Time to Reset our Travel?

by Caroline Pomeroy
Posted on 1st October 2021

In March last year the sky above my house suddenly emptied of planes and their contrails, and we all began to notice the birdsong. Lockdown meant that harmful carbon emissions from travel more or less ceased overnight. The sudden dip in emissions has been likened to someone turning off the taps in an already-full bath; it doesn’t overflow, but as soon as the taps are turned on again, the problem remains. We know that greenhouse gases remain in the atmosphere for many decades, so an 18-month pause will have little long-term impact. By August this year, flights had risen to about 50% of pre-Covid levels globally and are predicted to return to 100% of pre-Covid levels by mid-2022.

Meanwhile, the world’s top scientists are continuing to gather and analyse data on how the climate is changing. In August, the UN published their most comprehensive report ever on the physical science of climate change. Thousands of top scientist from 66 countries contributed to the report. Its headline was ‘Code Red for Humanity’.

Increasing carbon emissions are causing the world to heat at an alarming rate. More energy in the system means more extreme weather – heavy rain, flooding and cyclones in high altitudes, droughts in the subtopics, and sea level rises affecting coastal cities. 

Some years ago, the CEO of a large Christian development charity told me that when he started his job, he commissioned a report to find out the causes of the issues they were dealing with – crop failure, poverty, hunger, refugees, droughts, floods etc. The report concluded that in every case climate change was a significant contributing factor to the problems. From then on, this organisation has focused on tackling climate change as a key part of their work.

So how can OSCAR users - many of whom need to travel to do their work, and all of whom will share a love and concern for our global neighbours being impacted by climate change – respond?

For individuals, the Climate Stewards strapline of “Reduce what you can; offset the rest” says it all. Are there ways I can reduce my personal carbon footprint, in particular from flying which has the highest impact of any single activity, and tread more lightly on the earth? And how can I encourage my organisation to embed creation care in its decision making?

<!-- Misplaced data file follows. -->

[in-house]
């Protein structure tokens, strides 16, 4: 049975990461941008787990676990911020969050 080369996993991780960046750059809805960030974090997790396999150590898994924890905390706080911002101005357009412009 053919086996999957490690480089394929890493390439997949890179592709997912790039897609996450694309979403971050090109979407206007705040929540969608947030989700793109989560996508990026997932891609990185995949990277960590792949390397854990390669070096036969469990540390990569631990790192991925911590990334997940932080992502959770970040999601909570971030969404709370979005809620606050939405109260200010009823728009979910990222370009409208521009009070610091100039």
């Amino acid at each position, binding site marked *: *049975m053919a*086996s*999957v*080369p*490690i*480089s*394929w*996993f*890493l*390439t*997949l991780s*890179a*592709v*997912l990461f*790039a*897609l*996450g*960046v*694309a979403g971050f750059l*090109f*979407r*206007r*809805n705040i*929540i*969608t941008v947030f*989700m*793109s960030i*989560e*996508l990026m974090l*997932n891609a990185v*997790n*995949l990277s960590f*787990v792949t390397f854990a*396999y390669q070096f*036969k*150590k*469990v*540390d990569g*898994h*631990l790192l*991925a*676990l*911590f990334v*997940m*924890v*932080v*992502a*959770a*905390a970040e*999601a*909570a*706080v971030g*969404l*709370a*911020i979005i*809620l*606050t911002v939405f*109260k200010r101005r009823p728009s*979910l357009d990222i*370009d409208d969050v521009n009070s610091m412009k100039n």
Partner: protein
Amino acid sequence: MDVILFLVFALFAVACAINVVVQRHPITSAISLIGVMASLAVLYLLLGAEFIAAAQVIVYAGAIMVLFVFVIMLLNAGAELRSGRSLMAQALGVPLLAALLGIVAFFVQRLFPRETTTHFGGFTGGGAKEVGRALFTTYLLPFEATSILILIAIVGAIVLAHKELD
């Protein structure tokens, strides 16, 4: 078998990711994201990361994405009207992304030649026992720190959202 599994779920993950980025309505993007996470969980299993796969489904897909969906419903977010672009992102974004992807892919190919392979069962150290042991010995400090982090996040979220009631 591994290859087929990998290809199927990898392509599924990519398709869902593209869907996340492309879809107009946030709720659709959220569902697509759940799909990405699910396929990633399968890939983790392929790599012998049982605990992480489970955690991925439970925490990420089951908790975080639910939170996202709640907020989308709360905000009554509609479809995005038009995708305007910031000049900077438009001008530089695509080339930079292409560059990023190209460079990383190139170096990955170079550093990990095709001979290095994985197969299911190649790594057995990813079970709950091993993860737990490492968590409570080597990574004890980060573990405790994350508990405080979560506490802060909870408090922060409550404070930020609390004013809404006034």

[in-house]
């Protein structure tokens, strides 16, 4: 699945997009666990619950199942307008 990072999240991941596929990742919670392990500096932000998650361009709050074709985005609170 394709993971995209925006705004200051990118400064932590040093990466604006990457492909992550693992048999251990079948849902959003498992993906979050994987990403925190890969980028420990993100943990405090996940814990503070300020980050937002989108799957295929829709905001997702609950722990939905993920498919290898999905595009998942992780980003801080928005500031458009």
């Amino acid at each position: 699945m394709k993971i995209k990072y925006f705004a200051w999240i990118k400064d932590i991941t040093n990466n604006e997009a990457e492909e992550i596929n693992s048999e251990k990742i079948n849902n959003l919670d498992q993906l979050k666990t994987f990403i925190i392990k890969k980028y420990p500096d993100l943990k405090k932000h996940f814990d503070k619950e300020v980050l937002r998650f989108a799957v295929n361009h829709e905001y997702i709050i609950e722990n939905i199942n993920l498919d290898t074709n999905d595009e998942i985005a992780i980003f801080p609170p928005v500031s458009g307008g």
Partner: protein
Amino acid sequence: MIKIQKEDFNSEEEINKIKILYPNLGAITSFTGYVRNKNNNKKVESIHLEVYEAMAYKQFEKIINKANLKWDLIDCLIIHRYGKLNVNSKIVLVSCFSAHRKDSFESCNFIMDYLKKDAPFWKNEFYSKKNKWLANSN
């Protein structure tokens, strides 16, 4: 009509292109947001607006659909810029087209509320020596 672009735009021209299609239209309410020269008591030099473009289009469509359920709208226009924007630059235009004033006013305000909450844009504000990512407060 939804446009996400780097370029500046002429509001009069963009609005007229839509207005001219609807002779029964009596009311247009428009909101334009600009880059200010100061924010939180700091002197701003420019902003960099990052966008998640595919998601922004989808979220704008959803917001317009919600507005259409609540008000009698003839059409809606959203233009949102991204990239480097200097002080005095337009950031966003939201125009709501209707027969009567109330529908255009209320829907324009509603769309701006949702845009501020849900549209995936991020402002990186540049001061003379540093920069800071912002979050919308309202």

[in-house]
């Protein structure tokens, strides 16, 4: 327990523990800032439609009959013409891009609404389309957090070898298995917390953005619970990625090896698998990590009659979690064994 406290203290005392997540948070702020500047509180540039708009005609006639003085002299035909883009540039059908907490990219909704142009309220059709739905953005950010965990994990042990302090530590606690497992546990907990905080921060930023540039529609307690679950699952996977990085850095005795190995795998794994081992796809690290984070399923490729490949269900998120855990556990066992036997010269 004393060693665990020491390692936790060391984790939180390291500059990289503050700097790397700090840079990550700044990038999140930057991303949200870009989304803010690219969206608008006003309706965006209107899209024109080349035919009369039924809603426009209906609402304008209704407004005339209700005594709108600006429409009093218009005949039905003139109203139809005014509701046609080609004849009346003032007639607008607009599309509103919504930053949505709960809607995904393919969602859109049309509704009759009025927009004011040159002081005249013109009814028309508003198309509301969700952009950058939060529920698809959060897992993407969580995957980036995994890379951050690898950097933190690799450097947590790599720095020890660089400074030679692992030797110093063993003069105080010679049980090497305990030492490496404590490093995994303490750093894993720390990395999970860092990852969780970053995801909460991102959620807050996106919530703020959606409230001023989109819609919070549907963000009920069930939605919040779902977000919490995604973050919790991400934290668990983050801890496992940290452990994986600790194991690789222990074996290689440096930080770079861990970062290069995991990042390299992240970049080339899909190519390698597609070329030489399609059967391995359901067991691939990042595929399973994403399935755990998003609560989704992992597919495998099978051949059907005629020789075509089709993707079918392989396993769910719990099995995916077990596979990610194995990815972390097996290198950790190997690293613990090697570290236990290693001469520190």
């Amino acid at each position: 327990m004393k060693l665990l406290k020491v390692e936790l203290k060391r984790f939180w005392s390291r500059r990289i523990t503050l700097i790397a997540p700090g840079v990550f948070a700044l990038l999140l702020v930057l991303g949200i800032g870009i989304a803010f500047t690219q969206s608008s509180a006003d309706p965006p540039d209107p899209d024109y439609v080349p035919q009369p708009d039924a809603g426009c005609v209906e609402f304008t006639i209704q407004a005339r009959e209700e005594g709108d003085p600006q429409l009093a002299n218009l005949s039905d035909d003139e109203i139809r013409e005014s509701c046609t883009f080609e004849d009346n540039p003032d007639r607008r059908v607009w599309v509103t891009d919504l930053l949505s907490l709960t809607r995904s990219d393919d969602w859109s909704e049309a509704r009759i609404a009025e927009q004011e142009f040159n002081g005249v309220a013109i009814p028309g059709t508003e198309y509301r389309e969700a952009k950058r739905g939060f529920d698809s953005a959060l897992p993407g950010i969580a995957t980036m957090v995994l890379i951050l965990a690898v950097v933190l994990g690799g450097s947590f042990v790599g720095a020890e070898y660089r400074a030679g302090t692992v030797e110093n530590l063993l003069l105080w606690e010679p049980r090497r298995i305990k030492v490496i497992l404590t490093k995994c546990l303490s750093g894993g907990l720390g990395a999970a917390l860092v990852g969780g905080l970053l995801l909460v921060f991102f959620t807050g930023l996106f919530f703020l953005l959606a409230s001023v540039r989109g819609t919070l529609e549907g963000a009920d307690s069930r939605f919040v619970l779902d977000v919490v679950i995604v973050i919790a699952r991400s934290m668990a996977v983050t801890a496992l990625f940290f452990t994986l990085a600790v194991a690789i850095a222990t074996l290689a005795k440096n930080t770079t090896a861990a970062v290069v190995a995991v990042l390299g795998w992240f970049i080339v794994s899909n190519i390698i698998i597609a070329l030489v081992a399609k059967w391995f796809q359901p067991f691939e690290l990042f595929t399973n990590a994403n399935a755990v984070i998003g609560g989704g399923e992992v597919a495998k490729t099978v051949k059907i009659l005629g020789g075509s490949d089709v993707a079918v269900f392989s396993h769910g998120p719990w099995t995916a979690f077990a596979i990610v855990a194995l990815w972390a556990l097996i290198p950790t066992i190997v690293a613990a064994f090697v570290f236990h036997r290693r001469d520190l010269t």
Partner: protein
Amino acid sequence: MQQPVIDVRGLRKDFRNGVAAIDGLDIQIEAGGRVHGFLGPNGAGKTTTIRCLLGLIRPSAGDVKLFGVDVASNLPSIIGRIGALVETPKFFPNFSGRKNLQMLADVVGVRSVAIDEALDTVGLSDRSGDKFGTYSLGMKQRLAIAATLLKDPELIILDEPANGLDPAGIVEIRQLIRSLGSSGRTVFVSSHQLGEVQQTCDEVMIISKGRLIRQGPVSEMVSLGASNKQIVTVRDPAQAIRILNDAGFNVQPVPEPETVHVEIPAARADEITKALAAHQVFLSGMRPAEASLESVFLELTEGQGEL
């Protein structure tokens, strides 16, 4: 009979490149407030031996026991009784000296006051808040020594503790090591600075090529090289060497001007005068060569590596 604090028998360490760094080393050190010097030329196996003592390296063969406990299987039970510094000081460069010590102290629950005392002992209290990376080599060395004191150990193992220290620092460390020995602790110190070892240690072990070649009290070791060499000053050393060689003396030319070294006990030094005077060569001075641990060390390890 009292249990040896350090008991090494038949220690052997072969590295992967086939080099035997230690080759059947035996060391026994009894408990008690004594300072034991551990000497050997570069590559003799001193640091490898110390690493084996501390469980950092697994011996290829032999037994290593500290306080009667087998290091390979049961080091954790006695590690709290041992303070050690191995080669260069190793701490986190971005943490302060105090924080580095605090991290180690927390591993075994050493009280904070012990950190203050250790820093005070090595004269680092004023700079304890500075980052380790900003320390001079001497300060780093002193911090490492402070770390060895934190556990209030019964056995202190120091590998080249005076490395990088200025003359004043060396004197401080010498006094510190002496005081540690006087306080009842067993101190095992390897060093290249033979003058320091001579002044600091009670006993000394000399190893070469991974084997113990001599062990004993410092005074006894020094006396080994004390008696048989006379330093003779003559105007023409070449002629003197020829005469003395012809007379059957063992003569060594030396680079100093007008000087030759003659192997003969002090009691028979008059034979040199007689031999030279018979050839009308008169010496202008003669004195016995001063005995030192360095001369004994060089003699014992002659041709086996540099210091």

For an organisation to be “Carbon Neutral” it will need to measure its carbon footprint, set year-on-year targets to reduce carbon emissions, offset what can’t be reduced, and – importantly – communicate this to its supporters and partners.

  1. Measure the carbon footprint of your organisation for a baseline year (we suggest 2019 rather than 2020!). Small organisations can use our free online carbon calculator 360˚carbon. Larger organisations may want to seek consultancy advice from Climate Stewards or other carbon footprint auditors.
  2. Plan for year-on-year reductions. If you don’t already have one, could your organisation develop an environmental policy and action plan?  You will want to think about how to embed creation care in every aspect of your operations, grounded in good theology. There will be some quick wins as you look to reduce your footprint, but other actions may take longer.
  3. Reduce what you can. We have all learnt to use Zoom in the past year – could you alternate face to face and virtual meetings? Could you set departmental carbon budgets, reducing year on year? Could you reach the same people groups by working with refugee or immigrant communities closer to home? Have you considered employing more national staff rather than expats?

If you fly, choose direct flights which use less fuel than routes with more stopovers. On the ground, switching to renewable energy supplies and making your office more energy efficient, using electric cars or public transport will all help reduce your emissions. 

  1. Offset the rest. When you have reduced what you can, you can compensate for any outstanding emissions by funding projects which remove or reduce carbon emissions from the atmosphere. Climate Stewards’ partner projects all bring local benefits to health, livelihoods, and biodiversity alongside carbon reduction.
  2. Communicate. While Christians have taken the lead on many social justice campaigns in the past, we aren’t generally known for raising our voices on issues around climate change and the environment – which are already having devastating impacts on our global neighbours. With the UN climate change conference COP26 coming up in Glasgow in November, we have an amazing opportunity to speak up for God’s creation. Why not tell your supporters why you care and what action you are taking? Head to Climate Sunday’s website for useful resources and links.  
  3. Repeat! Climate change has been described as the greatest threat facing humanity, and we can’t afford to stand still. You will want to review plans and actions each year.


Climate Stewards is part of the worldwide A Rocha family, showing God’s love for all of creation. We recognise that we are all called to be good stewards of the earth, but that our lifestyles often cause harm rather than flourishing to the humans and creatures with whom we share the earth. We work with many organisations as well as churches and businesses to help them measure, reduce, and offset their carbon footprint.

Caroline Pomeroy, with her husband Henry, spent five years working in Ghana and Rwanda on community and environmental projects for Tearfund and other NGOs. She has an MSc in Climate Change Impacts and Sustainability and has been the Director of Climate Stewards since 2013.